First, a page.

Mercedes is selling this as a use-case-driven platform. Meaning, it can be customized for the task and customer at hand with a different lengths and wheelbases. More than that, the eVito will have a trio of different driving programs and four recuperation phases that "enable the driver to get the very best from his/her vehicle at all times based on different usage parameters and individual driving style."
In addition to the smaller eVito, Mercedes-Benz also announced a new eSprinter full-size delivery van. The alternative-fueled vehicle boasts the same amount of cargo room as its internal-combustion-powered counterpart (10.5m cubed), with a max 900Kg (roughly 1,984 pounds) payload and 55 kWh battery capacity and 150km of range. The automaker has also teased a fuel-cell-powered Sprinter van concept that looks more like a motor home than a delivery vehicle.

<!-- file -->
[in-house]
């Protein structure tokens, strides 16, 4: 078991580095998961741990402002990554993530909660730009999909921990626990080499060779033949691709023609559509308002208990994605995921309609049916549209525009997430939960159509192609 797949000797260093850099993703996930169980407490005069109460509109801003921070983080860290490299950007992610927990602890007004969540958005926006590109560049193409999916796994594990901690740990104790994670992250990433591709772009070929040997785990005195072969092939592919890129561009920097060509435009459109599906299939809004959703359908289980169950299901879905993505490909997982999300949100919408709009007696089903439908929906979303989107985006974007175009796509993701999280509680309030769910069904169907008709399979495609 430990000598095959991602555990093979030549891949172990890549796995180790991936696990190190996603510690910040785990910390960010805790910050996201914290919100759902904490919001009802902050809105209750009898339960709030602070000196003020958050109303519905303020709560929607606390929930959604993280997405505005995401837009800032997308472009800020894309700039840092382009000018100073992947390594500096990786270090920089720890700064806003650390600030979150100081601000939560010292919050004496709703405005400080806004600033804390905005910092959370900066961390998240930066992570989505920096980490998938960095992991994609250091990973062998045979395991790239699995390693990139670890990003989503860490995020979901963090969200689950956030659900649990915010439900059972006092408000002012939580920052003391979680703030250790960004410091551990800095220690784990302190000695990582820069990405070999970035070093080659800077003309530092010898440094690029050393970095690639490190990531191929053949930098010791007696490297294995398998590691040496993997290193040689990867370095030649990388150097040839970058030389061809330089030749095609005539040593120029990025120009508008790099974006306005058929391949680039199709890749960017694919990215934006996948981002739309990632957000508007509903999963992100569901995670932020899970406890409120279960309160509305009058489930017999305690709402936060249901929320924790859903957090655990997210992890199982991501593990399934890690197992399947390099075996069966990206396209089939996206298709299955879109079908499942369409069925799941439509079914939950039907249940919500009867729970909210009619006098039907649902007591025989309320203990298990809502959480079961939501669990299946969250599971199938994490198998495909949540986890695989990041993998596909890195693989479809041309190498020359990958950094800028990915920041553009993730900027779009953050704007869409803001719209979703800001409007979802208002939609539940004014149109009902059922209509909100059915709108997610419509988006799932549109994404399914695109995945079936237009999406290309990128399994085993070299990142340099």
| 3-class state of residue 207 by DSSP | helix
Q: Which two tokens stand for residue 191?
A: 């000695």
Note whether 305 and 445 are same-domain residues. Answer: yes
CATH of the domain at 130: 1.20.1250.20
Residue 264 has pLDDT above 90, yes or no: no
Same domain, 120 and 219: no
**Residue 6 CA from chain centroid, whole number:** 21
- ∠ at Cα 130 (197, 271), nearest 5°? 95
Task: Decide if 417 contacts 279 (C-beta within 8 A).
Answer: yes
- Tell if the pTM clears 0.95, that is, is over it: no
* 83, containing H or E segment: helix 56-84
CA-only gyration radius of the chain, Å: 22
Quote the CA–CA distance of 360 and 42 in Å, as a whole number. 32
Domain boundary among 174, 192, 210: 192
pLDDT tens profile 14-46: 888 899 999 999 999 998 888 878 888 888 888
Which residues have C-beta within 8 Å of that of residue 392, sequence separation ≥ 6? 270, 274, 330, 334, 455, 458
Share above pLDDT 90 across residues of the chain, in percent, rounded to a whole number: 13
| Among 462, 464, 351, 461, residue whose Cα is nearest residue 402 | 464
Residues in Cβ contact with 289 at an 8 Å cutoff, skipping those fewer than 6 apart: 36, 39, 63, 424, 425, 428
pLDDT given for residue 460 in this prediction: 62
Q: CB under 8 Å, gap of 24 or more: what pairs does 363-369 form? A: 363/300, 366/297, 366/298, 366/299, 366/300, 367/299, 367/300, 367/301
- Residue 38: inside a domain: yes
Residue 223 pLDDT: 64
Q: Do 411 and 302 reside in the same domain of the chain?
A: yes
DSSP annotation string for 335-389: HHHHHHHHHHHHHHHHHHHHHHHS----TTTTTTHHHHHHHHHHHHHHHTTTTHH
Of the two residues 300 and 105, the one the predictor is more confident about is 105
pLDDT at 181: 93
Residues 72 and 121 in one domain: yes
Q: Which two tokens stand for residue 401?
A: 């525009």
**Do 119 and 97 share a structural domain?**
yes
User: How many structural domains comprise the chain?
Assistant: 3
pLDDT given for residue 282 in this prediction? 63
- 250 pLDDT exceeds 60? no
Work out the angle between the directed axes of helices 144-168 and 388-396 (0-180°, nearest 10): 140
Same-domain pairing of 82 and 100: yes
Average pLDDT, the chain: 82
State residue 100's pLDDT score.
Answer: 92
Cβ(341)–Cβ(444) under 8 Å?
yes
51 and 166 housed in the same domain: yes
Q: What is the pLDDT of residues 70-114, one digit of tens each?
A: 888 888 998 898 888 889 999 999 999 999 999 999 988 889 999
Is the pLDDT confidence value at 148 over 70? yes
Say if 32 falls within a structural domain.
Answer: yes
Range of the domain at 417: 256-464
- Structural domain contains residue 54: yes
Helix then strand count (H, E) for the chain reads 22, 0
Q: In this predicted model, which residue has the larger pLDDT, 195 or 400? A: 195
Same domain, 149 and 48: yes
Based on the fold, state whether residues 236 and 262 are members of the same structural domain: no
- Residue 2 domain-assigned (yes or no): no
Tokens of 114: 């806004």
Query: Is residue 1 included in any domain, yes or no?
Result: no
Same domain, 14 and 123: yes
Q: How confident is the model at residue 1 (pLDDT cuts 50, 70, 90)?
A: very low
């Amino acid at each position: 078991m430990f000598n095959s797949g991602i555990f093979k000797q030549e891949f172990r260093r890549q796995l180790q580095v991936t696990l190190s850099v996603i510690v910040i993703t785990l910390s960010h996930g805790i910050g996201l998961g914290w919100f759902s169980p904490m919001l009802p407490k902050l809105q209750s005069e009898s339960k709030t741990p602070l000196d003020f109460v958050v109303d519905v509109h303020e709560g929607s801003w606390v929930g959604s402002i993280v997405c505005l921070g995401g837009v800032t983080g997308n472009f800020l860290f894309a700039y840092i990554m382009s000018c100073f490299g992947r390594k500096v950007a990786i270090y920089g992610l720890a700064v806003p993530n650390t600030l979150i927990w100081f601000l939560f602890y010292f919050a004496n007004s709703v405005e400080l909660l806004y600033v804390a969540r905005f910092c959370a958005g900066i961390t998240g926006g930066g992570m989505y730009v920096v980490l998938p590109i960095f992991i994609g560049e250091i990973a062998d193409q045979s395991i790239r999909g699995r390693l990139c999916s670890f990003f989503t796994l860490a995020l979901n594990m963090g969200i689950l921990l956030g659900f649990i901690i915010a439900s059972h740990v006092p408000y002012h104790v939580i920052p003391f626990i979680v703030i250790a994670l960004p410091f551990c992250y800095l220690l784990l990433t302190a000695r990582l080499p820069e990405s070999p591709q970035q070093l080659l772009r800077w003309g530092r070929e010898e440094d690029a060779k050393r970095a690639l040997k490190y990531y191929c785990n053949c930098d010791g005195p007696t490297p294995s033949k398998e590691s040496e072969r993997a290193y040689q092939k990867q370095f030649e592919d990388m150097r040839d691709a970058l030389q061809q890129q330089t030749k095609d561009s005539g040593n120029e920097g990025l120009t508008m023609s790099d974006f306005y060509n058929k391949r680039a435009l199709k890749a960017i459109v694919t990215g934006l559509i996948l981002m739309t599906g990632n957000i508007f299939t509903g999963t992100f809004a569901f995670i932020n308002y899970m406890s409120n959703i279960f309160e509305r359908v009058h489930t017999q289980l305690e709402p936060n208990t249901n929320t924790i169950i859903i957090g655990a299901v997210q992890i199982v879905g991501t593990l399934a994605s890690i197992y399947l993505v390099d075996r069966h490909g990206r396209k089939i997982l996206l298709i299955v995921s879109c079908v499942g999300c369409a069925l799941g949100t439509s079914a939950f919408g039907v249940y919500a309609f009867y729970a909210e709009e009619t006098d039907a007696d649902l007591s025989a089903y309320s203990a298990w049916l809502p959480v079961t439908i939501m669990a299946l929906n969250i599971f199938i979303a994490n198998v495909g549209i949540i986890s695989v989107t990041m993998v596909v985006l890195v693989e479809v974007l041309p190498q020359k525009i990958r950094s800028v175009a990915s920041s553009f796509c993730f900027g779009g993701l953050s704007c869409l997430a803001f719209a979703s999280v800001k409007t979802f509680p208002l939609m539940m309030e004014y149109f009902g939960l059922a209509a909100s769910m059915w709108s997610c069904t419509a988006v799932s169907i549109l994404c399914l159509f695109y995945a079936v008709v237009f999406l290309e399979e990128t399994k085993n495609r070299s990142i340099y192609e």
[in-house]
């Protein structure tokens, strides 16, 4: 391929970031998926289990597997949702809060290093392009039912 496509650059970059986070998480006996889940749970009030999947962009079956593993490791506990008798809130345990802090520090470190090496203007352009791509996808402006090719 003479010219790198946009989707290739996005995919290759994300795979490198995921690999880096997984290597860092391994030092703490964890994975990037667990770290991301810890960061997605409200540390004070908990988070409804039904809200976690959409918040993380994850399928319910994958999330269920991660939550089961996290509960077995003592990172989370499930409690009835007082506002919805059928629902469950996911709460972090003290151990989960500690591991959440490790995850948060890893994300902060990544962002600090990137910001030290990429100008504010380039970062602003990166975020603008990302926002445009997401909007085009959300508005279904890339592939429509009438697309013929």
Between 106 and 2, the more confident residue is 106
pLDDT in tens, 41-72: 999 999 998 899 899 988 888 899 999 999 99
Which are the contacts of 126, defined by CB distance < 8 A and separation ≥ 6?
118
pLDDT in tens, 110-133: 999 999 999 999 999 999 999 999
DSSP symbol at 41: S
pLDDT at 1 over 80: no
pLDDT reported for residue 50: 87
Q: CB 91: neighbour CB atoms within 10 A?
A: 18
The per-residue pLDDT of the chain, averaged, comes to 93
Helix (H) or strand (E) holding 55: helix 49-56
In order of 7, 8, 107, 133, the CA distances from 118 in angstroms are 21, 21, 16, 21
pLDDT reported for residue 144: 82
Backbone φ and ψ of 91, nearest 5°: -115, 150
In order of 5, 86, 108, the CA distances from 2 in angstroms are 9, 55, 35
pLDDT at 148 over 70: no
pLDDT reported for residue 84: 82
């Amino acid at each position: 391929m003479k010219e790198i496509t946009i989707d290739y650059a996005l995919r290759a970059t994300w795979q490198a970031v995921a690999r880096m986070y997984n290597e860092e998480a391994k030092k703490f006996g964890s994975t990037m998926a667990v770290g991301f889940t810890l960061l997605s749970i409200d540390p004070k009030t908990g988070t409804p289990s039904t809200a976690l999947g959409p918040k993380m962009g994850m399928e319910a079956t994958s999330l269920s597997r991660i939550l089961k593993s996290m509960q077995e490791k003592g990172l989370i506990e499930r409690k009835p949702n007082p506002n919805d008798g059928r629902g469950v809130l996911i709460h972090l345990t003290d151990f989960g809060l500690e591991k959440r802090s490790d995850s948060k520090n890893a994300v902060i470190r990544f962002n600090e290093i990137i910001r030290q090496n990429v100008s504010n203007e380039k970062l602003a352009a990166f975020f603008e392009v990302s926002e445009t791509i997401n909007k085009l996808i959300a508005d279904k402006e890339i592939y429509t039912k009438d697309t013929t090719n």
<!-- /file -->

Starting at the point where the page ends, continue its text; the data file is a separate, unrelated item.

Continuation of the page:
It might seem like since Tesla announced its electric semi-trucks that everyone is getting on board, but that's not the case. The City of Los Angeles has been using electric vehicles since 2015. Now we're seeing more and more companies adopting the emission-less rides, with Ryder offering them to consumers and UPS introducing its own fleet electric delivery trucks.